HALIFAX: Visitor restrictions at Long-Term Care facilities have been eased, and the province announced new rules for wearing face masks in public places.
Premier Stephen McNeil and Dr. Robert Strang, chief medical officer of health for Nova Scotia, announced on July 17 that some visitor restrictions in long-term care homes are being eased and non-medical masks will become mandatory on public transportation.
The changes will allow for more visitors outdoors, limited indoor visits, and some return to activities.
“COVID-19 has been difficult for all of us, but I think it’s especially true for all of those who live and work in our Long-Term Care facilities, as well as their loved ones and families,” Dr. Strang said. “We know that this isolation has had a toll on the mental and social well-being of residents and their families.”
Effective July 22, both indoor and outdoor visits will be allowed with limited numbers of visitors and scheduled appointments. Residents and visitors must wear masks and observe physical distancing, except for limited physical contact like a hug.
Dr. Strang said residents can have up to five visitors for outdoor visits, and indoor visits can now start with one visitor at a time per resident. Also, residents, or their substitute decision-makers, will be able to designate up to three people designated as indoor visitors. All visits need to be scheduled with the facility, and each facility has to designate certain areas for visits.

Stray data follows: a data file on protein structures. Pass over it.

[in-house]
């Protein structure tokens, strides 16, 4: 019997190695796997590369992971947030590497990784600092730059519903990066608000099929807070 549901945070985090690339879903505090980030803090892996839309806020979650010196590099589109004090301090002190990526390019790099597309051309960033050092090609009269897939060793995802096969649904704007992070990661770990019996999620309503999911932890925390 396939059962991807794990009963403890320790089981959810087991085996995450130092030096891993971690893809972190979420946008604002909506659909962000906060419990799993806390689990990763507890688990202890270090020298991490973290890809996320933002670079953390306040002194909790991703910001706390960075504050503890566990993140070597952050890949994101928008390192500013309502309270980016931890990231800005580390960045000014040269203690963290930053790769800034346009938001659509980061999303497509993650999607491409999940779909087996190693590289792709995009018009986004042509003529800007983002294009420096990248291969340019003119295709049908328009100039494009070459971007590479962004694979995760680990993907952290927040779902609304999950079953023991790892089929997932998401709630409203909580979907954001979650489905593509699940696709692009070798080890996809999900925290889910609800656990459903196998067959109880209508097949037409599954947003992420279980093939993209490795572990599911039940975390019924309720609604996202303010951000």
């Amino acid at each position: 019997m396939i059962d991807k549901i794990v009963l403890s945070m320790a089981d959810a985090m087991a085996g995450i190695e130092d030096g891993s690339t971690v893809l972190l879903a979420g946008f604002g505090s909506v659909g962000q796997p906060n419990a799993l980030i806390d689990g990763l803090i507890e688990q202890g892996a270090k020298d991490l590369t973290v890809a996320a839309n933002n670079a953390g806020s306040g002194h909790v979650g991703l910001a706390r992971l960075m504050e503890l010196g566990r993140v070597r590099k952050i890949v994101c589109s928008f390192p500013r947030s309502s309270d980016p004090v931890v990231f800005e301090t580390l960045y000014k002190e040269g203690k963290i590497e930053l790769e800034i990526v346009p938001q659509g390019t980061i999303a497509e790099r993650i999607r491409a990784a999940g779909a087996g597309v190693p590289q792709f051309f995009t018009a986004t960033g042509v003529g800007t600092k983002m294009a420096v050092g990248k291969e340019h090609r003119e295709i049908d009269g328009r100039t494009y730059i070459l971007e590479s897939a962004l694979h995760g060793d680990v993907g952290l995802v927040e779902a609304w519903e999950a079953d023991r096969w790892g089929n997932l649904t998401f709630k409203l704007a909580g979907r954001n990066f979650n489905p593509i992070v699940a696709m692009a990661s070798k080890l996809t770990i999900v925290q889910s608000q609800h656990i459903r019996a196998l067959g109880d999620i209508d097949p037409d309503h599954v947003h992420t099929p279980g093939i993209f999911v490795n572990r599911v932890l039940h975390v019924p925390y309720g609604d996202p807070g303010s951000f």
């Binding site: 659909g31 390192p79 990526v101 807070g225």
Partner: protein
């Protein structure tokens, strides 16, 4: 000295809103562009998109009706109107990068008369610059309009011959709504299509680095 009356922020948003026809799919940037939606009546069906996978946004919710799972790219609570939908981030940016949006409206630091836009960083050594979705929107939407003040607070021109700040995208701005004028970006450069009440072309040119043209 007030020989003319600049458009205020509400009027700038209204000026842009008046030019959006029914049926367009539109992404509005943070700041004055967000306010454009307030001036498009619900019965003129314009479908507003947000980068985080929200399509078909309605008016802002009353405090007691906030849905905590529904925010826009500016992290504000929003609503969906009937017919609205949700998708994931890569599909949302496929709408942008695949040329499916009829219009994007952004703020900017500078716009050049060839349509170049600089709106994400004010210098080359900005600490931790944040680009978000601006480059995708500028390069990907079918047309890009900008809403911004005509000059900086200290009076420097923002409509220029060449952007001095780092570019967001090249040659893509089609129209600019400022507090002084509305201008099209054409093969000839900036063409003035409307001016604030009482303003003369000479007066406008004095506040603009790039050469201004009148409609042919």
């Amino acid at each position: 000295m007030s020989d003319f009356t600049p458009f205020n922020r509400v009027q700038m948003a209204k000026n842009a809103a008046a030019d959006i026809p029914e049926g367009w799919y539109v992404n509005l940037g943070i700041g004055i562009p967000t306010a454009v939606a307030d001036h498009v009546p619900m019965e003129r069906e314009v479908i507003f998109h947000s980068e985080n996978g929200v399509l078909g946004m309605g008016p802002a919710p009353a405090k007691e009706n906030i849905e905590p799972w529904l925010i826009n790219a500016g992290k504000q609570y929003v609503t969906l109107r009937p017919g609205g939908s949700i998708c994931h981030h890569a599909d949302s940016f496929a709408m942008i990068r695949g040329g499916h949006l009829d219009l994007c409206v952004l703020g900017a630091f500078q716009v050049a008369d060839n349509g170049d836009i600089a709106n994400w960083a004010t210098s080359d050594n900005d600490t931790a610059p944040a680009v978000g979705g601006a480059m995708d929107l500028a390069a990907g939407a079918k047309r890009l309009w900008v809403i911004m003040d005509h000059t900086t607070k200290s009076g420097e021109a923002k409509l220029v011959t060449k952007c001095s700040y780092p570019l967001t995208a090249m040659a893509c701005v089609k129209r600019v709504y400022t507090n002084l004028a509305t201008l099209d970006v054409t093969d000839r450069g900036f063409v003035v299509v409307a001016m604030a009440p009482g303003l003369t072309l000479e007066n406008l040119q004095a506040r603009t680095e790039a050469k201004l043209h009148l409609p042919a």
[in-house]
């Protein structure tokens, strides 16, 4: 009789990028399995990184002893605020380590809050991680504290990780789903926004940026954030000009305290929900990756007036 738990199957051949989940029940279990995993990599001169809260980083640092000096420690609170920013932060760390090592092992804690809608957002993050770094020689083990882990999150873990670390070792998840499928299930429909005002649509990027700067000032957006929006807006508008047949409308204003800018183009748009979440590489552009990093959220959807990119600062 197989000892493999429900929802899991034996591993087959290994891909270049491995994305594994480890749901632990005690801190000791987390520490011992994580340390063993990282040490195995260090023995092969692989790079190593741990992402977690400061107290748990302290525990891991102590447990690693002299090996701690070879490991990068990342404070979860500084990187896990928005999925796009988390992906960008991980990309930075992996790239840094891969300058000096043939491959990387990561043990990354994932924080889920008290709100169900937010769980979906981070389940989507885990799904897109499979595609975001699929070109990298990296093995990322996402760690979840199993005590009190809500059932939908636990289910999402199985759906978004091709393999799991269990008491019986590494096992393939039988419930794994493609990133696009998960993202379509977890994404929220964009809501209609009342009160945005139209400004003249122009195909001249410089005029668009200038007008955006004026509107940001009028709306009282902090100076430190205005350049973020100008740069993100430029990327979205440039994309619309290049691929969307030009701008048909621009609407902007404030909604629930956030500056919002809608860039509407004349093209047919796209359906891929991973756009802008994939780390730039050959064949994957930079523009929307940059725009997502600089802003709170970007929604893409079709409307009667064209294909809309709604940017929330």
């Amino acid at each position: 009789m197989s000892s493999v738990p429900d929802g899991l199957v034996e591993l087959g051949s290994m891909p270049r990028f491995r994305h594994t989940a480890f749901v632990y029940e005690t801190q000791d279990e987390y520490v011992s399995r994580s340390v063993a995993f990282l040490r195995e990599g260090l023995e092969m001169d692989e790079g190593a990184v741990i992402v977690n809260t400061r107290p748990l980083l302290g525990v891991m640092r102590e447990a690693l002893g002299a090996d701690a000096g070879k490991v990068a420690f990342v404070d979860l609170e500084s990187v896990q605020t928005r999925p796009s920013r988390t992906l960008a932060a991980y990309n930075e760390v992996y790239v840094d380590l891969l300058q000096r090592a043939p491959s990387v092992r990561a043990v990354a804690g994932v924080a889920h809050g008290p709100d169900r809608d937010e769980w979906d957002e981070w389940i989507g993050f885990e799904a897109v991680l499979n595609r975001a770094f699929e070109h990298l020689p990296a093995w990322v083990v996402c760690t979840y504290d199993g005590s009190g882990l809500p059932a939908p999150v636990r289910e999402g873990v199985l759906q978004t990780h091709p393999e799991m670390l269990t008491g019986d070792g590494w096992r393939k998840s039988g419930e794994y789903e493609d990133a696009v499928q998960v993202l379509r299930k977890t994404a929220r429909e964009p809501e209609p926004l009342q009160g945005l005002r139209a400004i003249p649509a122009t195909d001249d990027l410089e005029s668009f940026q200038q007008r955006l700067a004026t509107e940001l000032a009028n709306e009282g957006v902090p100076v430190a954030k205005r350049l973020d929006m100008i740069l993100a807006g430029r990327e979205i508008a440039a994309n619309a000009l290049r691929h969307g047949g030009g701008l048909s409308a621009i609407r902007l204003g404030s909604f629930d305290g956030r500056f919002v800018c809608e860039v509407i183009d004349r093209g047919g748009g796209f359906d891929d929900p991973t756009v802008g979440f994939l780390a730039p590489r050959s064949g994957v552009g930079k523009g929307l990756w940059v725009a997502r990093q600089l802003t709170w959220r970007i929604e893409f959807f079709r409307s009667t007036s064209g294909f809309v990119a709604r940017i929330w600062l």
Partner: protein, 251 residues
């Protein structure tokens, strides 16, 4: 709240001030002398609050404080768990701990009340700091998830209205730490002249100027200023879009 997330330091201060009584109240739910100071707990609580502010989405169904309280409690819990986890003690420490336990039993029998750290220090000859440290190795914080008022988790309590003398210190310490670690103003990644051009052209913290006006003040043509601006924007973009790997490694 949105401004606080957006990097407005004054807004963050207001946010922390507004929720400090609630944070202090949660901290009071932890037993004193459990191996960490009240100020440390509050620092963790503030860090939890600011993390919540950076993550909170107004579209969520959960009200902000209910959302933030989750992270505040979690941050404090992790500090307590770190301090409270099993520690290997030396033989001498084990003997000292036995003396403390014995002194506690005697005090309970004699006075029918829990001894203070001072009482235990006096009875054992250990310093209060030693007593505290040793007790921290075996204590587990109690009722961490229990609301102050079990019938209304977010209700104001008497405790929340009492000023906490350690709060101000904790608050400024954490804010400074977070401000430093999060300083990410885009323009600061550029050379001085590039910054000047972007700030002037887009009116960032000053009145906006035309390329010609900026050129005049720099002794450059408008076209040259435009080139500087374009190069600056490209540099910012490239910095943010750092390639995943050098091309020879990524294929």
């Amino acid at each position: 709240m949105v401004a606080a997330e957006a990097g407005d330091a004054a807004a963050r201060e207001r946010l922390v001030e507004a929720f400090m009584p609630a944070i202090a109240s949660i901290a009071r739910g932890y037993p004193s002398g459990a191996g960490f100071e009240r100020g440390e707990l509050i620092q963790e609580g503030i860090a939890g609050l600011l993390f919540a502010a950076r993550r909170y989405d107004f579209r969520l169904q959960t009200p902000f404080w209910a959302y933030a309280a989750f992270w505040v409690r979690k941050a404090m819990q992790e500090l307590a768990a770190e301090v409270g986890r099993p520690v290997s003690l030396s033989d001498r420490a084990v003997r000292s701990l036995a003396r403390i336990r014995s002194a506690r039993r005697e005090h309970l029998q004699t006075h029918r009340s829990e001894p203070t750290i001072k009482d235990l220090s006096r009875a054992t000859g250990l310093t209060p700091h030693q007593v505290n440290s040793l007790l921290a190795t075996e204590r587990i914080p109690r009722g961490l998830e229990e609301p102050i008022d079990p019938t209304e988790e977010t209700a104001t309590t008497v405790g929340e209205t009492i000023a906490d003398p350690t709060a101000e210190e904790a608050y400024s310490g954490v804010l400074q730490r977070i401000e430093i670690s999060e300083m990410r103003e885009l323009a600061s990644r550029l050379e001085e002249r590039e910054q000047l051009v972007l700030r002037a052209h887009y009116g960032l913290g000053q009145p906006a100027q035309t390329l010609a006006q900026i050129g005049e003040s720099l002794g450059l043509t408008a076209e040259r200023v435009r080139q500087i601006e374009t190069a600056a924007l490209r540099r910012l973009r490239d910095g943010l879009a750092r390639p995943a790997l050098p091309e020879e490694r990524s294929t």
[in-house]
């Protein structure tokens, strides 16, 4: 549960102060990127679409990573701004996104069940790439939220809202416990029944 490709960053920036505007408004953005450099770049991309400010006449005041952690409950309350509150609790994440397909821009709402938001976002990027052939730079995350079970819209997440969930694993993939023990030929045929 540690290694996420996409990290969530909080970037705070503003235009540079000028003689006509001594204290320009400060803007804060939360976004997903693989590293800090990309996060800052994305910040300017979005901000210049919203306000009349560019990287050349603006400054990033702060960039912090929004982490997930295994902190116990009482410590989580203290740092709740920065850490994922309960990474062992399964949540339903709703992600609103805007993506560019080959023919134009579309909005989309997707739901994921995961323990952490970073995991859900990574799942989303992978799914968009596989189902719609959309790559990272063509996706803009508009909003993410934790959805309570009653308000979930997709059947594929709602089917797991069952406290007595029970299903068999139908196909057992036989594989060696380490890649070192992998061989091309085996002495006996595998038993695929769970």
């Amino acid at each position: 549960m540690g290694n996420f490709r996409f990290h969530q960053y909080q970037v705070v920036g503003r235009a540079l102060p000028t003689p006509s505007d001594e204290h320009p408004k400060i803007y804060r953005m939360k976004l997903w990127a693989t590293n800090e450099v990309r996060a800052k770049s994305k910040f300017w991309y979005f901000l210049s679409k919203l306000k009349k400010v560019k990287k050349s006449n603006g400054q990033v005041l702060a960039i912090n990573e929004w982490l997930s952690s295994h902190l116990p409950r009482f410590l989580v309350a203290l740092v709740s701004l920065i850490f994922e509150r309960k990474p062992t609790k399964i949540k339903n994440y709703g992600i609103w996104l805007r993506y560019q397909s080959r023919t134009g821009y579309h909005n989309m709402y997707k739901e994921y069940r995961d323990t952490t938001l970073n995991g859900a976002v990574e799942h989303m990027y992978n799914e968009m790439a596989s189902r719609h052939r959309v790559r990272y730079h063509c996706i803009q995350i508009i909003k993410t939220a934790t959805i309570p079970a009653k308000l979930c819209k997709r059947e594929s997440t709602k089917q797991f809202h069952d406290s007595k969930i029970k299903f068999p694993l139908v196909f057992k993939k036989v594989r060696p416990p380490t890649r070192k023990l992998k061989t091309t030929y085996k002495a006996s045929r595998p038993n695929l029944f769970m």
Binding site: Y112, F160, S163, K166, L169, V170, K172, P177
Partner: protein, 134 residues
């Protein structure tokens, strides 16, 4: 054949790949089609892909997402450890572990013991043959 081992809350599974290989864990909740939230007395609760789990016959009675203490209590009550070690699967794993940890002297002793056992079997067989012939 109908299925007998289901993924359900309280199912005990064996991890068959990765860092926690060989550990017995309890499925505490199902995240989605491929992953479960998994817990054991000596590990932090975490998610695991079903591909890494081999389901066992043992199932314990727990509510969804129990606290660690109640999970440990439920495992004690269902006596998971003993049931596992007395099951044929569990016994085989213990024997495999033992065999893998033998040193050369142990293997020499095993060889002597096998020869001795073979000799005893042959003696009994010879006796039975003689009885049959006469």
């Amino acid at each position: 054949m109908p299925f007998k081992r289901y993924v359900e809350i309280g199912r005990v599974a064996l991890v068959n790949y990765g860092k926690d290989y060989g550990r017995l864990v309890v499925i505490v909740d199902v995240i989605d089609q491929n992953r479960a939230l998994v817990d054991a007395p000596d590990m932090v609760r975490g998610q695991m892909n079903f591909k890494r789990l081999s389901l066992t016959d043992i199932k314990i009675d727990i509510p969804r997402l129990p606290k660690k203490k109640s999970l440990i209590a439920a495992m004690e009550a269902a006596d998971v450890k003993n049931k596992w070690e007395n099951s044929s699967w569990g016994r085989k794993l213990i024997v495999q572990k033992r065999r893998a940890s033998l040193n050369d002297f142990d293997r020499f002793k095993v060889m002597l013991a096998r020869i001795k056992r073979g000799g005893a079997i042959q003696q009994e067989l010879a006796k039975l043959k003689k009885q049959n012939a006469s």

Residents and staff can gather in groups of 10 or less for dining, recreation or socializing without physical distancing. Groups of 10 should remain consistent and visitors into the facility cannot join.
Sightseeing bus trips for groups of up to 10 people (including residents, staff and the driver) are allowed, but residents and staff cannot get off the bus and thorough cleaning before and after each trip is required. Bus drivers will be screened in the same way visitors are at facilities.
Licensed hair salons within long-term care homes can reopen to serve residents only and most observe guidelines set out by the Cosmetology Association of Nova Scotia and submit plans for review to public health officials.
Individual long-term care homes can decide which of these changes they will implement, based on operational considerations and the availability of appropriate space. Adult Residential Centres and Regional Rehabilitation Centres licensed by the Department of Community Services will also implement indoor visits under the same guidelines.
“I feel comfortable that what we’re doing is safe,” Dr. Strang noted. “We also need to acknowledge the impacts of social isolation and we need to help address that as well.”
Starting July 24, it will be mandatory for drivers and passengers to wear non-medical masks on public transportation. Children under two and people with a valid medical reason for not wearing a mask are exempt. Passengers are asked to use their own masks as much as possible. Government will help public transportation services with supplies of masks for people who can’t bring their own.
Public transportation includes municipal transit buses and ferries, school buses, community transit vehicles, and private taxis and shuttles.